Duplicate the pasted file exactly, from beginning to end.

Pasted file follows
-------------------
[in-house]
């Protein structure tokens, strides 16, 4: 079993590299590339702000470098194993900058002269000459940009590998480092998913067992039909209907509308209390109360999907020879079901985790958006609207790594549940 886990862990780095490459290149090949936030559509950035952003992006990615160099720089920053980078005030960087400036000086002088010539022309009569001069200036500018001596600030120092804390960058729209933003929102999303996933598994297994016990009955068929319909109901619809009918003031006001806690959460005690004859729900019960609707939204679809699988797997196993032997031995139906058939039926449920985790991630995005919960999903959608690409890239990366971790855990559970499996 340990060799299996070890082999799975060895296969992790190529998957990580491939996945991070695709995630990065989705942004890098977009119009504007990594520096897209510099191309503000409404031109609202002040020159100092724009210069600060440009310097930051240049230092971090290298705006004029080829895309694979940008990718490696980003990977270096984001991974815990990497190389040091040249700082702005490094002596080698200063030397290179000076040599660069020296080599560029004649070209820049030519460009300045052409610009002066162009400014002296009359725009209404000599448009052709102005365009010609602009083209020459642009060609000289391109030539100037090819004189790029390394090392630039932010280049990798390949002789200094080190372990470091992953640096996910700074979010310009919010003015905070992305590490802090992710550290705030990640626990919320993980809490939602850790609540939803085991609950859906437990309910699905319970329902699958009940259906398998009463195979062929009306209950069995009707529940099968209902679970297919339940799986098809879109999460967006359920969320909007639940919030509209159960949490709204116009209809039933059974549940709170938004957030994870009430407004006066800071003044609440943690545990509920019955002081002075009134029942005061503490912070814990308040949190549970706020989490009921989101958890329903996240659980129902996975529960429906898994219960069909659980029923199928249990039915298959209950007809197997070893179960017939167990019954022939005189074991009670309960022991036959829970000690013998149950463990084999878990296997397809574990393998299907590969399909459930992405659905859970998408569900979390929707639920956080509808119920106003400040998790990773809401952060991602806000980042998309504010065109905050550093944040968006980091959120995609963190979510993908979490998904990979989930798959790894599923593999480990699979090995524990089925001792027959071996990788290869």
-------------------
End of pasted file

[in-house]
């Protein structure tokens, strides 16, 4: 079993590299590339702000470098194993900058002269000459940009590998480092998913067992039909209907509308209390109360999907020879079901985790958006609207790594549940 886990862990780095490459290149090949936030559509950035952003992006990615160099720089920053980078005030960087400036000086002088010539022309009569001069200036500018001596600030120092804390960058729209933003929102999303996933598994297994016990009955068929319909109901619809009918003031006001806690959460005690004859729900019960609707939204679809699988797997196993032997031995139906058939039926449920985790991630995005919960999903959608690409890239990366971790855990559970499996 340990060799299996070890082999799975060895296969992790190529998957990580491939996945991070695709995630990065989705942004890098977009119009504007990594520096897209510099191309503000409404031109609202002040020159100092724009210069600060440009310097930051240049230092971090290298705006004029080829895309694979940008990718490696980003990977270096984001991974815990990497190389040091040249700082702005490094002596080698200063030397290179000076040599660069020296080599560029004649070209820049030519460009300045052409610009002066162009400014002296009359725009209404000599448009052709102005365009010609602009083209020459642009060609000289391109030539100037090819004189790029390394090392630039932010280049990798390949002789200094080190372990470091992953640096996910700074979010310009919010003015905070992305590490802090992710550290705030990640626990919320993980809490939602850790609540939803085991609950859906437990309910699905319970329902699958009940259906398998009463195979062929009306209950069995009707529940099968209902679970297919339940799986098809879109999460967006359920969320909007639940919030509209159960949490709204116009209809039933059974549940709170938004957030994870009430407004006066800071003044609440943690545990509920019955002081002075009134029942005061503490912070814990308040949190549970706020989490009921989101958890329903996240659980129902996975529960429906898994219960069909659980029923199928249990039915298959209950007809197997070893179960017939167990019954022939005189074991009670309960022991036959829970000690013998149950463990084999878990296997397809574990393998299907590969399909459930992405659905859970998408569900979390929707639920956080509808119920106003400040998790990773809401952060991602806000980042998309504010065109905050550093944040968006980091959120995609963190979510993908979490998904990979989930798959790894599923593999480990699979090995524990089925001792027959071996990788290869």